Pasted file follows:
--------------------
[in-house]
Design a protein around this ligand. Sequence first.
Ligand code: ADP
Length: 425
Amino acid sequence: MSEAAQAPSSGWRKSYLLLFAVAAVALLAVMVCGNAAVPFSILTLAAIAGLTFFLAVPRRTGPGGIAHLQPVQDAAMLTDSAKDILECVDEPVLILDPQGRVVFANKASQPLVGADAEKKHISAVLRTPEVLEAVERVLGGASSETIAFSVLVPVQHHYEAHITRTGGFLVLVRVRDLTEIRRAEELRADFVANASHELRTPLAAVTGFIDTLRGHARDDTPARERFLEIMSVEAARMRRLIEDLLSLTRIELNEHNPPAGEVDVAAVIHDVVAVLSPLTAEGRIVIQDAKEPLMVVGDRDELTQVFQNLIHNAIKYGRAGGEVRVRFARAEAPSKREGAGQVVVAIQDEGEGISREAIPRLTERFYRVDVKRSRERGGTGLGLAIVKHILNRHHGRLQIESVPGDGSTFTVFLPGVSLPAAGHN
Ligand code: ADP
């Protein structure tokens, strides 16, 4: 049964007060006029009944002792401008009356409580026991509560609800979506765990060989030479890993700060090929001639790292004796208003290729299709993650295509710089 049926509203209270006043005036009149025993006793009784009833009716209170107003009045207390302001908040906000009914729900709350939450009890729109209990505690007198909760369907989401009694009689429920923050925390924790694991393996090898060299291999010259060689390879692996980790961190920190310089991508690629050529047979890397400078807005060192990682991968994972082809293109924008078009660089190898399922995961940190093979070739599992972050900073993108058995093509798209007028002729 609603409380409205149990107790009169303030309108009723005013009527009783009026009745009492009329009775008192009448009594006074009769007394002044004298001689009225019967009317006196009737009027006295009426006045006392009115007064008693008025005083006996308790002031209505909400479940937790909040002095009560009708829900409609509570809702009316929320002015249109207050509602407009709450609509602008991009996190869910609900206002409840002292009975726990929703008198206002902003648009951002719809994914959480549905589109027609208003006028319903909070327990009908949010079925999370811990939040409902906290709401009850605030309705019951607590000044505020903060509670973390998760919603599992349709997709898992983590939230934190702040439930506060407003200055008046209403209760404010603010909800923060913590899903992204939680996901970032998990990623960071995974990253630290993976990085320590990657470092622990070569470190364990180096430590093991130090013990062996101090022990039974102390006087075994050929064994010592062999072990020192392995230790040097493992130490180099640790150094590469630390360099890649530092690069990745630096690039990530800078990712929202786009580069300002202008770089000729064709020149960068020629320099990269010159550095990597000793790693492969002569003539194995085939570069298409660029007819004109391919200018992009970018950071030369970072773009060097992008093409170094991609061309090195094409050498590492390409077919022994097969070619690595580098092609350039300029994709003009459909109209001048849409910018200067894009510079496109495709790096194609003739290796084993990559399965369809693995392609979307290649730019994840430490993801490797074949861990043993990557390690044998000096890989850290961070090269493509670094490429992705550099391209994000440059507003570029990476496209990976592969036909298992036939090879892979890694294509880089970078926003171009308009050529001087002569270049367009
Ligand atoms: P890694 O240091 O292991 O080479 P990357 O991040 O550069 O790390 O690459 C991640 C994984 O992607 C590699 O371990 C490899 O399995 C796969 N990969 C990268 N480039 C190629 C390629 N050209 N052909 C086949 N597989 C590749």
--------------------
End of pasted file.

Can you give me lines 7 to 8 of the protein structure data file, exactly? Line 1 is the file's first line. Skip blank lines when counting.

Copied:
């Protein structure tokens, strides 16, 4: 049964007060006029009944002792401008009356409580026991509560609800979506765990060989030479890993700060090929001639790292004796208003290729299709993650295509710089 049926509203209270006043005036009149025993006793009784009833009716209170107003009045207390302001908040906000009914729900709350939450009890729109209990505690007198909760369907989401009694009689429920923050925390924790694991393996090898060299291999010259060689390879692996980790961190920190310089991508690629050529047979890397400078807005060192990682991968994972082809293109924008078009660089190898399922995961940190093979070739599992972050900073993108058995093509798209007028002729 609603409380409205149990107790009169303030309108009723005013009527009783009026009745009492009329009775008192009448009594006074009769007394002044004298001689009225019967009317006196009737009027006295009426006045006392009115007064008693008025005083006996308790002031209505909400479940937790909040002095009560009708829900409609509570809702009316929320002015249109207050509602407009709450609509602008991009996190869910609900206002409840002292009975726990929703008198206002902003648009951002719809994914959480549905589109027609208003006028319903909070327990009908949010079925999370811990939040409902906290709401009850605030309705019951607590000044505020903060509670973390998760919603599992349709997709898992983590939230934190702040439930506060407003200055008046209403209760404010603010909800923060913590899903992204939680996901970032998990990623960071995974990253630290993976990085320590990657470092622990070569470190364990180096430590093991130090013990062996101090022990039974102390006087075994050929064994010592062999072990020192392995230790040097493992130490180099640790150094590469630390360099890649530092690069990745630096690039990530800078990712929202786009580069300002202008770089000729064709020149960068020629320099990269010159550095990597000793790693492969002569003539194995085939570069298409660029007819004109391919200018992009970018950071030369970072773009060097992008093409170094991609061309090195094409050498590492390409077919022994097969070619690595580098092609350039300029994709003009459909109209001048849409910018200067894009510079496109495709790096194609003739290796084993990559399965369809693995392609979307290649730019994840430490993801490797074949861990043993990557390690044998000096890989850290961070090269493509670094490429992705550099391209994000440059507003570029990476496209990976592969036909298992036939090879892979890694294509880089970078926003171009308009050529001087002569270049367009
Ligand atoms: P890694 O240091 O292991 O080479 P990357 O991040 O550069 O790390 O690459 C991640 C994984 O992607 C590699 O371990 C490899 O399995 C796969 N990969 C990268 N480039 C190629 C390629 N050209 N052909 C086949 N597989 C590749």